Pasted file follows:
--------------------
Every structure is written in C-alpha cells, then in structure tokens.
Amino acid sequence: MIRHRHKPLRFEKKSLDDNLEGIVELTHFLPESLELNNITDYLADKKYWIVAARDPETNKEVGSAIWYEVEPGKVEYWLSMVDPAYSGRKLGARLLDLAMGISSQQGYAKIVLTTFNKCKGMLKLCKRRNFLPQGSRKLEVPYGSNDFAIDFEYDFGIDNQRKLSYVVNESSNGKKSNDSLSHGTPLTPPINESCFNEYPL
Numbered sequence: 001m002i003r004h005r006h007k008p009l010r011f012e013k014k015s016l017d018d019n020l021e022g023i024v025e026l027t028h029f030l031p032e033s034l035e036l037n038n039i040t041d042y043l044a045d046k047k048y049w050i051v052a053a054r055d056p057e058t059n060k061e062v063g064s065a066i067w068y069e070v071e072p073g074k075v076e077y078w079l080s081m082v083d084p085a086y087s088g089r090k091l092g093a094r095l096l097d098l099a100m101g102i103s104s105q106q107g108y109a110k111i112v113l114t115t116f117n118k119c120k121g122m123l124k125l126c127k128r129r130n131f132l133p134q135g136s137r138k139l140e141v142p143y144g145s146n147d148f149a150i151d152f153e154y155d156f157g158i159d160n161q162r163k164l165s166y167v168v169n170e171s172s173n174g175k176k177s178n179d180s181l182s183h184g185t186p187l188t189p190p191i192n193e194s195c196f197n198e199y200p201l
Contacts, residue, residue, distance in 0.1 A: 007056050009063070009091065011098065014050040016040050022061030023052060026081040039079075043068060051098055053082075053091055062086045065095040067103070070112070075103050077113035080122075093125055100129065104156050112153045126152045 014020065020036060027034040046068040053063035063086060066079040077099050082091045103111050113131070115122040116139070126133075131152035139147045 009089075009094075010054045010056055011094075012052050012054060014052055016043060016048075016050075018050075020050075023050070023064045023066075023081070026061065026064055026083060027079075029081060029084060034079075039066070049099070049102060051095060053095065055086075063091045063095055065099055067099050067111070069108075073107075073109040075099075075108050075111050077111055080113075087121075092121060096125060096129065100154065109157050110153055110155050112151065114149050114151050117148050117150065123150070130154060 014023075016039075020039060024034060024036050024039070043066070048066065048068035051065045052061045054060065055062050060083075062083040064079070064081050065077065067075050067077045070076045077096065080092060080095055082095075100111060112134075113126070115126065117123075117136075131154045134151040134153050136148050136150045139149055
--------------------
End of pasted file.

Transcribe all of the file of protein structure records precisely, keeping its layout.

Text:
Every structure is written in C-alpha cells, then in structure tokens.
Amino acid sequence: MIRHRHKPLRFEKKSLDDNLEGIVELTHFLPESLELNNITDYLADKKYWIVAARDPETNKEVGSAIWYEVEPGKVEYWLSMVDPAYSGRKLGARLLDLAMGISSQQGYAKIVLTTFNKCKGMLKLCKRRNFLPQGSRKLEVPYGSNDFAIDFEYDFGIDNQRKLSYVVNESSNGKKSNDSLSHGTPLTPPINESCFNEYPL
Numbered sequence: 001m002i003r004h005r006h007k008p009l010r011f012e013k014k015s016l017d018d019n020l021e022g023i024v025e026l027t028h029f030l031p032e033s034l035e036l037n038n039i040t041d042y043l044a045d046k047k048y049w050i051v052a053a054r055d056p057e058t059n060k061e062v063g064s065a066i067w068y069e070v071e072p073g074k075v076e077y078w079l080s081m082v083d084p085a086y087s088g089r090k091l092g093a094r095l096l097d098l099a100m101g102i103s104s105q106q107g108y109a110k111i112v113l114t115t116f117n118k119c120k121g122m123l124k125l126c127k128r129r130n131f132l133p134q135g136s137r138k139l140e141v142p143y144g145s146n147d148f149a150i151d152f153e154y155d156f157g158i159d160n161q162r163k164l165s166y167v168v169n170e171s172s173n174g175k176k177s178n179d180s181l182s183h184g185t186p187l188t189p190p191i192n193e194s195c196f197n198e199y200p201l
Contacts, residue, residue, distance in 0.1 A: 007056050009063070009091065011098065014050040016040050022061030023052060026081040039079075043068060051098055053082075053091055062086045065095040067103070070112070075103050077113035080122075093125055100129065104156050112153045126152045 014020065020036060027034040046068040053063035063086060066079040077099050082091045103111050113131070115122040116139070126133075131152035139147045 009089075009094075010054045010056055011094075012052050012054060014052055016043060016048075016050075018050075020050075023050070023064045023066075023081070026061065026064055026083060027079075029081060029084060034079075039066070049099070049102060051095060053095065055086075063091045063095055065099055067099050067111070069108075073107075073109040075099075075108050075111050077111055080113075087121075092121060096125060096129065100154065109157050110153055110155050112151065114149050114151050117148050117150065123150070130154060 014023075016039075020039060024034060024036050024039070043066070048066065048068035051065045052061045054060065055062050060083075062083040064079070064081050065077065067075050067077045070076045077096065080092060080095055082095075100111060112134075113126070115126065117123075117136075131154045134151040134153050136148050136150045139149055